The latest proposal to repeal Costa-Hawkins would see even more consequence to the rental market. Mom and Pop investors will no longer be able to survive in that environment, the properties will drop in value, get gobbled up by developers and torn down to make way for these types of developments where they can charge whatever they’d like. So the old rent controlled tenants get bought out and those RSO units are off the books forever.
      We need to educate the people who are making these decisions, I encourage you and anyone else who owns investment property to join me at the LA convention center April 19, 2017.
      It is a free event sponsered by AAGLA. Register at aaglaexpo.com

    • Well they can ask for $6k/mo… but if nobody rents it they’ll have to lower the price (or watch it collect dust.)

      But yeah, it definitely sucks that small time landlords have to play by a different set of rules from the big boys. Kinda the problem with most of our economy these days.

    • Alex and Robert you do not know what you are talking about. You can only raise the rent 3% if the apt. was built before 1970 if you have done ZERO IMPROVEMENTS TO THE PROPERTY. If you do major improvements you can charge whatever rent you want. You will have to pay to have those renters relocated in which you should. Whatever BS you want to throw at Economic Theory you can. Rent control has kept Slum Lords from over charging for crapy old apts. that they have not done improvements. MOM and Pop landlords that is a joke of a term. If you have owned Property e.g. since the 1950’s and have done zero improvements you should not be able to profit just because new buildings have been built in your neighborhood. Put money into your investment and you will no longer will be a part of the 3%. Also it forces those cheap Landlords to do improvements to their house which is a benefit to the whole community.

      • Not true. Do your research. My duplex is impeccable. I love the building and love my community, but because I keep up the building and never let it get run down because I’m a decent human and excellent landlord, what do you suggest if I don’t need a new roof and everything is kept in good shape? Seriously? Please show me where I can raise the rent simply by maintaining it. Please list a specific web page for where a landlord can raise the rent for keeping a building nice. I trim trees, maintain the garden areas, paint stairs and windows as soon as they start to peel, fix plumbing immediately when there’s a problem, etc. Because I am diligent about keeping the place as nice as if I lived there, it never needs major work, but it COSTS. I look forward to you posting your specifics. Thank you. There are lots of true mom and pop landlords in LA, but if we start to lose money by not being able to keep up, we will sell and who will buy??? You guessed it. Much richer, lawyer-laden, corporate types. Mom and pop landlords generally care. Corporate landlords are a different story.

      • The issue here is opposite- this building literally pre made ikea drawers. Its not “mom and pop” slumlords who can’t raise the rent that is a problem. Its greed and unregulated post 1978 multi unit rental housing.

        There needs to be a blanket MAXIMUM rent allowed in the city where ALL tenants can live and have quality of life. This should apply to protect businesses as well. If you have loyal tenants taking care of YOUR building and not breaking any laws then they should be honored for that.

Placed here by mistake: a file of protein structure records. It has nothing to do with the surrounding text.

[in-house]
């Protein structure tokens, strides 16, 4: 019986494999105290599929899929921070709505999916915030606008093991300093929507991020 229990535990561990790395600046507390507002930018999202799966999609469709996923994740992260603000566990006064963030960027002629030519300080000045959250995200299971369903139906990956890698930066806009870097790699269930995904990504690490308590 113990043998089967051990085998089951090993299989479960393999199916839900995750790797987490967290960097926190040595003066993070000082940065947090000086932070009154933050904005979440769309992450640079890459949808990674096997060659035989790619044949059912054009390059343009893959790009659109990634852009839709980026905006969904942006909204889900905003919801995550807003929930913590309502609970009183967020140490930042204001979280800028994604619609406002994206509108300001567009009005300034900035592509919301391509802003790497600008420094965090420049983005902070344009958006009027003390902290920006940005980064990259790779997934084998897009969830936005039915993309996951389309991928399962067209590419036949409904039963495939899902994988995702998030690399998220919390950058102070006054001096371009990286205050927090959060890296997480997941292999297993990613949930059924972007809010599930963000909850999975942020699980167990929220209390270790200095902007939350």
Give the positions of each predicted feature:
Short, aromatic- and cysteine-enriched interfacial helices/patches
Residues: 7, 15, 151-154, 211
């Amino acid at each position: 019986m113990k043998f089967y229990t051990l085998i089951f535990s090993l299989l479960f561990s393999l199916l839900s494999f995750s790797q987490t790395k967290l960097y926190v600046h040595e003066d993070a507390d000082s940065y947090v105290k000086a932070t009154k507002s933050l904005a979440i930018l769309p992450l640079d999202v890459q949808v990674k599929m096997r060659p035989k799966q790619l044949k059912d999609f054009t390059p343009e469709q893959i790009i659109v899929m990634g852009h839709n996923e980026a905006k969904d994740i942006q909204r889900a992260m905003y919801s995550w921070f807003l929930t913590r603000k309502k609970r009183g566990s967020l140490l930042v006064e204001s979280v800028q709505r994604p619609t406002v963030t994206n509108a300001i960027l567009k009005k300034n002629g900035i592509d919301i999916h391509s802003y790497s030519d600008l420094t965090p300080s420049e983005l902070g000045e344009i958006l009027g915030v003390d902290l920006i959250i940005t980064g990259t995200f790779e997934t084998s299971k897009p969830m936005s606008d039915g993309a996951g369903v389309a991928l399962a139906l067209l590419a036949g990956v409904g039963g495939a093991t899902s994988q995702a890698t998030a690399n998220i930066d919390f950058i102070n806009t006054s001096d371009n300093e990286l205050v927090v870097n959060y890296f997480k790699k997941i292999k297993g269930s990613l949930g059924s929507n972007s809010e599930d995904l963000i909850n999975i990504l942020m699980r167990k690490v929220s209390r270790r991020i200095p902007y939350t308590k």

However we are in a real estate bubble and that mug is bout to P O P . This building was made to be torn down in twenty years anyways to get new investors involved.

      • Your comment makes it clear that you’re not an expert on the Los Angeles rent-control ordinance. A landlord of a rent-controlled building can file for a capital-improvement rent increase and pass on half of the cost, amortized over 60 months. For example, if I spend $10,000 to replace my drain line and repave my driveway, I can file for a capital-improvement rent increase, which will cover $5000 (half the cost), divided over five years, so around $95 a month for those 60 months. However, I think there’s also a $50-a-month limit on the rent increase (not 100% sure about this). In any case, this isn’t the same as charging whatever you want – far from it.

  18. I think the strategy for this building is to overstate the book rates for their apartments, then lease out blocks of units at 25-30% discount to City of Los Angeles and County of Los Angeles so they can start spending some of the money coming in from new sales tax and new bond authorization to fund homeless housing

  19. Sadly, somebody is considering paying that price. Obviously it’s over-priced, but the developers don’t care what anyone thinks. They are probably quantifying data about who is being made to move out of our neighborhoods…and who is moving in. They probably figure that part of the renter’s market, seeking luxury apartments, is being under served. Those that give LA any shred of an attractive soul, are being sent packing. I fear they may be replaced by the type of people, who truly resemble the shallow personalities everyone wrongly associated with being in LA.

  20. Get used to it, you got duped by Garcetti , the city council and the No on S sheep.

    • I’d love to hear your explanation of how measure S would’ve prevented developers from building luxury housing… I’m just gonna go make some popcorn real quick, this should be entertaining.

  21. velvet hornsby

    Well, well… the marketing for this building worked! Look at all the press! Now, everyone knows about it and people will flock to the building. Will they pay this much rent? No. The landlord never expected it. But they will negotiate down from this high figure and end up with very good rent in any case. Sheesh, c’.mon folks stop forgetting this is #CAPITALISM doing what it does best.

  22. $6700 a month??? ARE YOU KIDDING ME?? IN THAT AREA??? Does that price includes 24 hour security??

  23. My understanding is that the units do come with a front door at no extra charge as well as a kitchen sink.

Post a Comment

Please keep your comments civil and on topic and refrain from personal attacks. The moderator reserves the right to edit or delete any comments. The Eastsider's Terms of Use and Privacy Policy apply to comments submitted by readers. Required fields are marked *